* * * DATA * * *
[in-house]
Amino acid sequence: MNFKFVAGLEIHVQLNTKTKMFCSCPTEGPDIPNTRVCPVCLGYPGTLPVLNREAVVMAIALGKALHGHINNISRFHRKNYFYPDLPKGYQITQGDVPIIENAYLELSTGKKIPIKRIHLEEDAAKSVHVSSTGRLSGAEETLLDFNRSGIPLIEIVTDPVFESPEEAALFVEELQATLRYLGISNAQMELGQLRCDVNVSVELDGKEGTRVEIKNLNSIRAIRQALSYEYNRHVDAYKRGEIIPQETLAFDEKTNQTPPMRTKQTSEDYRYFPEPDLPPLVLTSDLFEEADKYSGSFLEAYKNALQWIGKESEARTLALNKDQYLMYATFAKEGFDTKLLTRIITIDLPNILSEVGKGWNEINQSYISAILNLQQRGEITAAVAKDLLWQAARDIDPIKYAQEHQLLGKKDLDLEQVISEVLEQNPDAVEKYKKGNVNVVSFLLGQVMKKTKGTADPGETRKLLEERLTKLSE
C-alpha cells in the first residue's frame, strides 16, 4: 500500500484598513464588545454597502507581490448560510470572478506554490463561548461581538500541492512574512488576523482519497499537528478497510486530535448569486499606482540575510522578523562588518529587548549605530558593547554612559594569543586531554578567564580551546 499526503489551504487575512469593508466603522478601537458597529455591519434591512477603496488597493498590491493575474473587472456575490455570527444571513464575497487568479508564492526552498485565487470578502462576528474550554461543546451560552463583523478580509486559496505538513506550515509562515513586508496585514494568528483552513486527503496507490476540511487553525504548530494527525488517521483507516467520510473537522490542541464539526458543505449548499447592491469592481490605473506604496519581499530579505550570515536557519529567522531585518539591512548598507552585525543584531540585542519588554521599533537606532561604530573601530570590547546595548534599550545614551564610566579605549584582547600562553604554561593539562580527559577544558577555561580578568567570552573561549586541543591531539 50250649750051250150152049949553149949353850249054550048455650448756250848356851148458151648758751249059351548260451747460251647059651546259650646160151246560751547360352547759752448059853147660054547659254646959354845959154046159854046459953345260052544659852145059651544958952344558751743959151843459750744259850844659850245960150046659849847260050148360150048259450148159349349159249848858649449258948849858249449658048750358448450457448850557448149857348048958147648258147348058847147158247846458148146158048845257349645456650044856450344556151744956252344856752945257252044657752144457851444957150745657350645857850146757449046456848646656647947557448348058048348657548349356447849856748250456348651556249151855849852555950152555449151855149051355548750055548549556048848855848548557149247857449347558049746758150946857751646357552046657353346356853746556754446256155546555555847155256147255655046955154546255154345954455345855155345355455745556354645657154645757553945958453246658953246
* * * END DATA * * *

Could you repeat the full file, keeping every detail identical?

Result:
[in-house]
Amino acid sequence: MNFKFVAGLEIHVQLNTKTKMFCSCPTEGPDIPNTRVCPVCLGYPGTLPVLNREAVVMAIALGKALHGHINNISRFHRKNYFYPDLPKGYQITQGDVPIIENAYLELSTGKKIPIKRIHLEEDAAKSVHVSSTGRLSGAEETLLDFNRSGIPLIEIVTDPVFESPEEAALFVEELQATLRYLGISNAQMELGQLRCDVNVSVELDGKEGTRVEIKNLNSIRAIRQALSYEYNRHVDAYKRGEIIPQETLAFDEKTNQTPPMRTKQTSEDYRYFPEPDLPPLVLTSDLFEEADKYSGSFLEAYKNALQWIGKESEARTLALNKDQYLMYATFAKEGFDTKLLTRIITIDLPNILSEVGKGWNEINQSYISAILNLQQRGEITAAVAKDLLWQAARDIDPIKYAQEHQLLGKKDLDLEQVISEVLEQNPDAVEKYKKGNVNVVSFLLGQVMKKTKGTADPGETRKLLEERLTKLSE
C-alpha cells in the first residue's frame, strides 16, 4: 500500500484598513464588545454597502507581490448560510470572478506554490463561548461581538500541492512574512488576523482519497499537528478497510486530535448569486499606482540575510522578523562588518529587548549605530558593547554612559594569543586531554578567564580551546 499526503489551504487575512469593508466603522478601537458597529455591519434591512477603496488597493498590491493575474473587472456575490455570527444571513464575497487568479508564492526552498485565487470578502462576528474550554461543546451560552463583523478580509486559496505538513506550515509562515513586508496585514494568528483552513486527503496507490476540511487553525504548530494527525488517521483507516467520510473537522490542541464539526458543505449548499447592491469592481490605473506604496519581499530579505550570515536557519529567522531585518539591512548598507552585525543584531540585542519588554521599533537606532561604530573601530570590547546595548534599550545614551564610566579605549584582547600562553604554561593539562580527559577544558577555561580578568567570552573561549586541543591531539 50250649750051250150152049949553149949353850249054550048455650448756250848356851148458151648758751249059351548260451747460251647059651546259650646160151246560751547360352547759752448059853147660054547659254646959354845959154046159854046459953345260052544659852145059651544958952344558751743959151843459750744259850844659850245960150046659849847260050148360150048259450148159349349159249848858649449258948849858249449658048750358448450457448850557448149857348048958147648258147348058847147158247846458148146158048845257349645456650044856450344556151744956252344856752945257252044657752144457851444957150745657350645857850146757449046456848646656647947557448348058048348657548349356447849856748250456348651556249151855849852555950152555449151855149051355548750055548549556048848855848548557149247857449347558049746758150946857751646357552046657353346356853746556754446256155546555555847155256147255655046955154546255154345954455345855155345355455745556354645657154645757553945958453246658953246